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Adrenal Fatigue: Alternative Treatments (Video)

By HERWriter
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Dr. Tori Hudson is an alternative medicine provider with 25 years of experience in women's health, in gynecological and primary care. She is well-versed bio-identical hormones, herbs, nutrition and nutraceuticals.

Here Dr. Hudson explains some things about the adrenals and what happens when they are no longer able to produce enough hormones. Since the adrenals are our primary stress adaptation organ, excessive stress reactions can have a draining effect on the hormones of the adrenal glands.

Dr. Hudson:

A lot of alternative medicine providers use a term called adrenal fatigue or hypo adrenalism and in fact, in the scientific literature I don’t think you’ll find that, you know in any real scientific book or you won’t find it in the Merck Manual of Diagnoses. The only, in conventional medicine they describe adrenal failure, which is called Addison’s disease, that’s when adrenal glands just don’t produce their hormones anymore.

The alternative medicine providers recognize there’s this whole gray zone that’s happening with the adrenal glands, which are two little glands that sit on top of our kidneys, kind of like hypothyroid, not necessarily thyroid failure but, the thyroid gland just isn’t producing enough hormones anymore. Same with the adrenal glands.

It’s like a hormone factory and it wanes in its production, one of the way it wanes is just by stress. It’s our main stress adaptation organ. So with pounding, pounding, pounding of stress, it starts producing less of some of it’s hormones, like cortisol and DHEA for example, and I talked to people about it kind of like you have the cash in your pocket and you have your checking account and you have your savings account and you have your investments. Well adrenal fatigue is, “Oops, I don’t have any cash in my pocket,” and now, “Oops, my checking account is all used up and now I am dipping into my savings account,” That’s adrenal fatigue.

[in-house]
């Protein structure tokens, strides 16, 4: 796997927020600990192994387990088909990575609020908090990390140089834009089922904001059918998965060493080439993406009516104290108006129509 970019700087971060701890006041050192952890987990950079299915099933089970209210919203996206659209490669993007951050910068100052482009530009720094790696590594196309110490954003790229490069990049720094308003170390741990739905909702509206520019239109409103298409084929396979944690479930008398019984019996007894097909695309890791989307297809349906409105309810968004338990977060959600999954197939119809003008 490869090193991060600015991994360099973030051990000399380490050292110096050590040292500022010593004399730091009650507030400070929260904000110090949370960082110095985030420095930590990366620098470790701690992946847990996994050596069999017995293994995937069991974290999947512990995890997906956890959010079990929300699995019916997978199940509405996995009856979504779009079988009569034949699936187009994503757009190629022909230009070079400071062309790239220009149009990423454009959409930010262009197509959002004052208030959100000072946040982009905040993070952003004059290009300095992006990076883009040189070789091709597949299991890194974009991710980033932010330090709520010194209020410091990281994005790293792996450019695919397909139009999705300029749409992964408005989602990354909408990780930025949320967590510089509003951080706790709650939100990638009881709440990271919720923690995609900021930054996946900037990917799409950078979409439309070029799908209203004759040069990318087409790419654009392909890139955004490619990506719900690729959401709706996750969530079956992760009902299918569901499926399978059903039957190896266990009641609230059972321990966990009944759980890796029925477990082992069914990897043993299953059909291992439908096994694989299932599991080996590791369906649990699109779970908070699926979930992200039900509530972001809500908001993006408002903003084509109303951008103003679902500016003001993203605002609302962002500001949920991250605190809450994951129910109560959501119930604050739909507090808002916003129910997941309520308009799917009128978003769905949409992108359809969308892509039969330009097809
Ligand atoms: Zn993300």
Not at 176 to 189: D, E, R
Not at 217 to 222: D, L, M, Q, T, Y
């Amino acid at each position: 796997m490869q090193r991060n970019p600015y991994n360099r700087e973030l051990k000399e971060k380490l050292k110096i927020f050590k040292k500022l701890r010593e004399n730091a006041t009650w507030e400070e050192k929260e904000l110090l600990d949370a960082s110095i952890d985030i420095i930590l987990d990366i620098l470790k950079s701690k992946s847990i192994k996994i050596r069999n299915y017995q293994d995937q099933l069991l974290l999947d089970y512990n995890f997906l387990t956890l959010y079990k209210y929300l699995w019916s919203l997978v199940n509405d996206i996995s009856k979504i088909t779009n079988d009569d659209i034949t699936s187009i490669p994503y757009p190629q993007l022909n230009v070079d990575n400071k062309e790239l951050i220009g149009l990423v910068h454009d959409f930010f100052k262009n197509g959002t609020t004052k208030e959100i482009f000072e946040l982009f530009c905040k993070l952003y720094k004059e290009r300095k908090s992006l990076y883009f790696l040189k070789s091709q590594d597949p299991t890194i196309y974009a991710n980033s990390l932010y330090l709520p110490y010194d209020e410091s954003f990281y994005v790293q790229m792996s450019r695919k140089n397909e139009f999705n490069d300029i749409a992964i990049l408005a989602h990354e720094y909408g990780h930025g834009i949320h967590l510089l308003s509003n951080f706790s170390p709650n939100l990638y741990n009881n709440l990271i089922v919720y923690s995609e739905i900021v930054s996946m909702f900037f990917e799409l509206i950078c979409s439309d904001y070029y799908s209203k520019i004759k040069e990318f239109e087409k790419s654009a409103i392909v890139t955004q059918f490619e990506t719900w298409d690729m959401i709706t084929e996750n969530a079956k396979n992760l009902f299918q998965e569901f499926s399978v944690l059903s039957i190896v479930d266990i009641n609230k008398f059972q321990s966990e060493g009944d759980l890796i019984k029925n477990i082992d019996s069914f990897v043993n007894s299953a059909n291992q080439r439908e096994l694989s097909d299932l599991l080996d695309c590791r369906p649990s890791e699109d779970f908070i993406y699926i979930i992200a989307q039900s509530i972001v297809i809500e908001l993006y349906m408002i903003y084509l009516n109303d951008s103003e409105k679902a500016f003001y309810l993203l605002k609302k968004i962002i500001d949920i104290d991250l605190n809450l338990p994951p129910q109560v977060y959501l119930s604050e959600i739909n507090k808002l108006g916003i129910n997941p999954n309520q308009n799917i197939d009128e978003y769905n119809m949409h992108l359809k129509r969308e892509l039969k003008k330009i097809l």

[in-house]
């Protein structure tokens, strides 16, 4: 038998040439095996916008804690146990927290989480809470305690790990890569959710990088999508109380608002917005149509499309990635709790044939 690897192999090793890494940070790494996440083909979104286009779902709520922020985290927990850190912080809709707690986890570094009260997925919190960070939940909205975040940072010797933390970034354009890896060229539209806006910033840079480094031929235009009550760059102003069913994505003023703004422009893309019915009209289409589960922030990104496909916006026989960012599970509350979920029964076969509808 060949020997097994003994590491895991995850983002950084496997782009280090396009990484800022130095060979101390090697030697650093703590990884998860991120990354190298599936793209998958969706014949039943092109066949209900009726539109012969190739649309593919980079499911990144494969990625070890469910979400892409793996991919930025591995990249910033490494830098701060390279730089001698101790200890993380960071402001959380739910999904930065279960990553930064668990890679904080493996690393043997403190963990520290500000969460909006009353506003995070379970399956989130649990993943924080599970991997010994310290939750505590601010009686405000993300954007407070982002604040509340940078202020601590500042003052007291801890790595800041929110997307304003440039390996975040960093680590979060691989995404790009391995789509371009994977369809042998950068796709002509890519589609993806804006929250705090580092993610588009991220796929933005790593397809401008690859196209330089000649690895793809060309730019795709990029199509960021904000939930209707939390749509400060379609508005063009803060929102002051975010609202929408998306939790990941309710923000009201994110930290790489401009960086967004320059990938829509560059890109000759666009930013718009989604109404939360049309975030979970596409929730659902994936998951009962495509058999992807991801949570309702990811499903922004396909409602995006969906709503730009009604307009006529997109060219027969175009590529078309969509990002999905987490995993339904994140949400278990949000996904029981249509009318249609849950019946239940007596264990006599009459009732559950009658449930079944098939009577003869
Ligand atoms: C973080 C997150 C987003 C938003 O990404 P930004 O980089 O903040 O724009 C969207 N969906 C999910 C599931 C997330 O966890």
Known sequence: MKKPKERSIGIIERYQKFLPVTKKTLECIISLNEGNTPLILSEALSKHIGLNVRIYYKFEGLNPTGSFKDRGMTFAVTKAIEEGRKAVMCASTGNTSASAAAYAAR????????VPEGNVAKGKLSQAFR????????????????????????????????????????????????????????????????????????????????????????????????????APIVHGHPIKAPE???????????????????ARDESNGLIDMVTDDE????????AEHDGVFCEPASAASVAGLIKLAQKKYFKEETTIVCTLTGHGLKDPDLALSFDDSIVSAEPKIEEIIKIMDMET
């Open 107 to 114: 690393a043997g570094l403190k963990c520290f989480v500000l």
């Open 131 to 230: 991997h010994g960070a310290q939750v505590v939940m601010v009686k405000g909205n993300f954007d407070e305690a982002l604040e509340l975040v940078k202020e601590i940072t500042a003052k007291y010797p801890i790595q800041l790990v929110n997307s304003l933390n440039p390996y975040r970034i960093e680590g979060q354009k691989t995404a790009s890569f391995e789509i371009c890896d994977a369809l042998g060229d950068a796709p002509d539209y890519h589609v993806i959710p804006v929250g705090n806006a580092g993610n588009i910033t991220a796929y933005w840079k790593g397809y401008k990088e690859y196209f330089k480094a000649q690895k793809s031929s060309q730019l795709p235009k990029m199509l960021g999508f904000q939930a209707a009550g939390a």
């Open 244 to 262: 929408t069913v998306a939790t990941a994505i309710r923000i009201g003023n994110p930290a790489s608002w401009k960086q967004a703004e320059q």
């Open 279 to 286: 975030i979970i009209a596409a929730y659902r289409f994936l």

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EmpowHER Guest

Why is it necessary to use the term "adrenal" when there is no measurable evidence of adrenal dysfunction; when the diagnosis can be made whether the cortisol is normal, low, or high; when hydrocortisone supplementation has been shown to make no difference to the course of chronic fatigue when trials are controlled; and when the herbal treatments make no measurable difference to adrenal function? Why do so many in the holistic health community insist on using the words and terms of physiology to describe conditions and concepts that have no relation to what doctors and scientists refer to when they describe and measure normal and abnormal adrenal function? At best it leads to confusion and reduces the chance of understanding between patients and physicians. At worst it leaves the holistic practitioners open to accusations of fraud and pretension to science. Why not use terms distinct from those that scientists and endocrinologists use, since there is so little overlap and relation between the two? Is not honesty in naming the foundation of mutual understanding and honesty of interaction and healing?

June 22, 2010 - 7:20pm
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We value and respect our HERWriters' experiences, but everyone is different. Many of our writers are speaking from personal experience, and what's worked for them may not work for you. Their articles are not a substitute for medical advice, although we hope you can gain knowledge from their insight.

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